René Marie - I Wanna Be Evil - with love to Eartha Kitt
(Motéma 233783. CD Review by Sebastian Scotney)
There's definitely a buzz about René Marie, I'm hearing confident predictions that she will be one of the revelations of the Guiness (Cork) and EFG (London) Jazz Festivals this winter. On the strength of listening to this new CD I Wanna Be Evil (Motema), a studio album in which her personality, massive stage energy and musicality come across with extraordinary vividness, it would be hard to disagree.
First a fact-check. Her full name is René Marie Stevens. She was born in Warrenton, Virginia in 1955, but only started to sing professionally in 1999, around the Washington DC area. The new album, bearing the subtitle “with love to Eartha Kitt” - her website states that it's her tenth - was recorded at Jazz at Lincoln Center.
Marie remembers the impact of first seeing Eartha Kitt as Catwoman in the TV series as a child: “Do you know what that does to a 10-year old girl living in the Bible Belt [..] it creates a lifelong yearning..no craving..for something else”. Others have chosen to dig up the past, dwelt on the pain, suffering, racism and abuse which Kitt and her family endured, notably in a recent biography (reviewed here), but this tribute by René Marie avoids all that, and concentrates on celebrating the sheer magnetism of a performer whom Orson Welles cast as Helen of Troy and once described as the "most exciting woman in the world" .
The main JALC presence on the album – and, I admit, the only name familiar to me until now – is that of JALC stalwart, larger-than-life trombonist, reigning king of the plunger mute Wycliffe Gordon. He is completely stunning, duetting with on Cole Porter's Let's Do It, where a quaint Edwardian verse about the entreaties of the bluebird ushers in a rootsy, sensual, sexual, primal, growling, snarling version in triple time of the 1928 song, in which the message eventually gets stripped down for action to a basic, re-iterated, dare one say 'earthy' “I just wanna do it.”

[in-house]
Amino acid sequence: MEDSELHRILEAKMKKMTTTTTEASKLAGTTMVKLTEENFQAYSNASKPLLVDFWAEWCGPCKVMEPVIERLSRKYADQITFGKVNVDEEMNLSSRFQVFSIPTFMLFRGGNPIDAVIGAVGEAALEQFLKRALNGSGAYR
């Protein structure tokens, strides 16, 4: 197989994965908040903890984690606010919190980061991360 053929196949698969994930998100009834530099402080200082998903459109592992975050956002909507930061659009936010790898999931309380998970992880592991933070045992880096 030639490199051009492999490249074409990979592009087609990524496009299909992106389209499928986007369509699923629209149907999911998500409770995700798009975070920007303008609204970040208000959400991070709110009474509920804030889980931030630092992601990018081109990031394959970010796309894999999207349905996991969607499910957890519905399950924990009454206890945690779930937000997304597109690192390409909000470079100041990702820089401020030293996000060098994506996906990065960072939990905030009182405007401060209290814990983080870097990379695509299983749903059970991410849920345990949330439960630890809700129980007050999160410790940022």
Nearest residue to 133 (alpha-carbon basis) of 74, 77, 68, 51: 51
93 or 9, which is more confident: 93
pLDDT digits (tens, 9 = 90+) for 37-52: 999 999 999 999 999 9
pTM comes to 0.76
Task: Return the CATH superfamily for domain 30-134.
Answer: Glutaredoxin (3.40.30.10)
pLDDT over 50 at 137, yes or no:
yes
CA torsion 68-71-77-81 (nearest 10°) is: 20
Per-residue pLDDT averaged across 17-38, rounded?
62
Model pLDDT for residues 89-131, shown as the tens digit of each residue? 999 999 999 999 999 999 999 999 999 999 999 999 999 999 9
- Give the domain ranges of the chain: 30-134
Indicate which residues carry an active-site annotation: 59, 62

Other players on the album are the clarinet/sax/flute of the Australian-born Adrian Cunningham. The recording catches his soft-toned clarinet beautifully. The rhythm team of Quentin Baxter (drums, percussion, washboard); Kevin Bales (piano); and Elias Bailey (bass) who work with her regularly are all impressive throughout.
Other highlights include an innuendo-loaded Dave Frishberg Peel Me a Grape and a 'kittenish' (sorry these old puns keep coming) Dear John, a song which Marie describes in her liner notes a describes as having been the hardest challenge on the album.
Marie has taken on the challenge to be as “fiery sensual and clever” as Eartha Kitt, and has risen to that challenge. But it should also be emphasized how innately musical Marie is, whether singing 'in' the notes, or deliberately 'out'. There is enough variety in phrasing to call this album a masterclass.
If this is what René Marie can do in a studio, the live experience will be quite unforgettable.